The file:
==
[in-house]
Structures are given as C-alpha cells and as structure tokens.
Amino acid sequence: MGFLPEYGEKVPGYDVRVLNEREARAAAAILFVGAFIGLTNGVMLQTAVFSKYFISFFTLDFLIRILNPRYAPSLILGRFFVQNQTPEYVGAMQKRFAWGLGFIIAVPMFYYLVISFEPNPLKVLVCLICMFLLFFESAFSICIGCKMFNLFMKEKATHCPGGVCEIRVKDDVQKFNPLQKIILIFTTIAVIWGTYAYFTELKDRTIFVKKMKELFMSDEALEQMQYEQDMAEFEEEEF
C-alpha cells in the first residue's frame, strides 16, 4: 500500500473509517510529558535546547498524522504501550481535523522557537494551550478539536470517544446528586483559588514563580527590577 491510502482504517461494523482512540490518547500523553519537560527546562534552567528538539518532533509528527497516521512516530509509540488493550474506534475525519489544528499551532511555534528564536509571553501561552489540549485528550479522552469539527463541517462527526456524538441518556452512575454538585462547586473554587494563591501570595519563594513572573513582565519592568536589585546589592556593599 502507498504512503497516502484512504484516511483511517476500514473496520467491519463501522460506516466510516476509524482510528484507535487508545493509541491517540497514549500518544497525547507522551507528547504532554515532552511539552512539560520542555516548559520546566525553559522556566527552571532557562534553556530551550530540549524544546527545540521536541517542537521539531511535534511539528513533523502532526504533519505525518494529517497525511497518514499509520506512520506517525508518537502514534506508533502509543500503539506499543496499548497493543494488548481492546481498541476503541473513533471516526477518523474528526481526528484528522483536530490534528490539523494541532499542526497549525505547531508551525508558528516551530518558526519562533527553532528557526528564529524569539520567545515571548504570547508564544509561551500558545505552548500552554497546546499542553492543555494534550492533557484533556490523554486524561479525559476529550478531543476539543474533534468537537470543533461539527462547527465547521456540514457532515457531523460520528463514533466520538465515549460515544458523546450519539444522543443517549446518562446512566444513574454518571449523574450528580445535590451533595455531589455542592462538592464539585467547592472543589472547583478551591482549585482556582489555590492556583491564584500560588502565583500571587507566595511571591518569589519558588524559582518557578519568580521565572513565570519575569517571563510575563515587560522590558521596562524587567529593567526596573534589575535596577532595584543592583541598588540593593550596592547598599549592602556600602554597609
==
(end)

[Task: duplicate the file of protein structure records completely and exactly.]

[in-house]
Structures are given as C-alpha cells and as structure tokens.
Amino acid sequence: MGFLPEYGEKVPGYDVRVLNEREARAAAAILFVGAFIGLTNGVMLQTAVFSKYFISFFTLDFLIRILNPRYAPSLILGRFFVQNQTPEYVGAMQKRFAWGLGFIIAVPMFYYLVISFEPNPLKVLVCLICMFLLFFESAFSICIGCKMFNLFMKEKATHCPGGVCEIRVKDDVQKFNPLQKIILIFTTIAVIWGTYAYFTELKDRTIFVKKMKELFMSDEALEQMQYEQDMAEFEEEEF
C-alpha cells in the first residue's frame, strides 16, 4: 500500500473509517510529558535546547498524522504501550481535523522557537494551550478539536470517544446528586483559588514563580527590577 491510502482504517461494523482512540490518547500523553519537560527546562534552567528538539518532533509528527497516521512516530509509540488493550474506534475525519489544528499551532511555534528564536509571553501561552489540549485528550479522552469539527463541517462527526456524538441518556452512575454538585462547586473554587494563591501570595519563594513572573513582565519592568536589585546589592556593599 502507498504512503497516502484512504484516511483511517476500514473496520467491519463501522460506516466510516476509524482510528484507535487508545493509541491517540497514549500518544497525547507522551507528547504532554515532552511539552512539560520542555516548559520546566525553559522556566527552571532557562534553556530551550530540549524544546527545540521536541517542537521539531511535534511539528513533523502532526504533519505525518494529517497525511497518514499509520506512520506517525508518537502514534506508533502509543500503539506499543496499548497493543494488548481492546481498541476503541473513533471516526477518523474528526481526528484528522483536530490534528490539523494541532499542526497549525505547531508551525508558528516551530518558526519562533527553532528557526528564529524569539520567545515571548504570547508564544509561551500558545505552548500552554497546546499542553492543555494534550492533557484533556490523554486524561479525559476529550478531543476539543474533534468537537470543533461539527462547527465547521456540514457532515457531523460520528463514533466520538465515549460515544458523546450519539444522543443517549446518562446512566444513574454518571449523574450528580445535590451533595455531589455542592462538592464539585467547592472543589472547583478551591482549585482556582489555590492556583491564584500560588502565583500571587507566595511571591518569589519558588524559582518557578519568580521565572513565570519575569517571563510575563515587560522590558521596562524587567529593567526596573534589575535596577532595584543592583541598588540593593550596592547598599549592602556600602554597609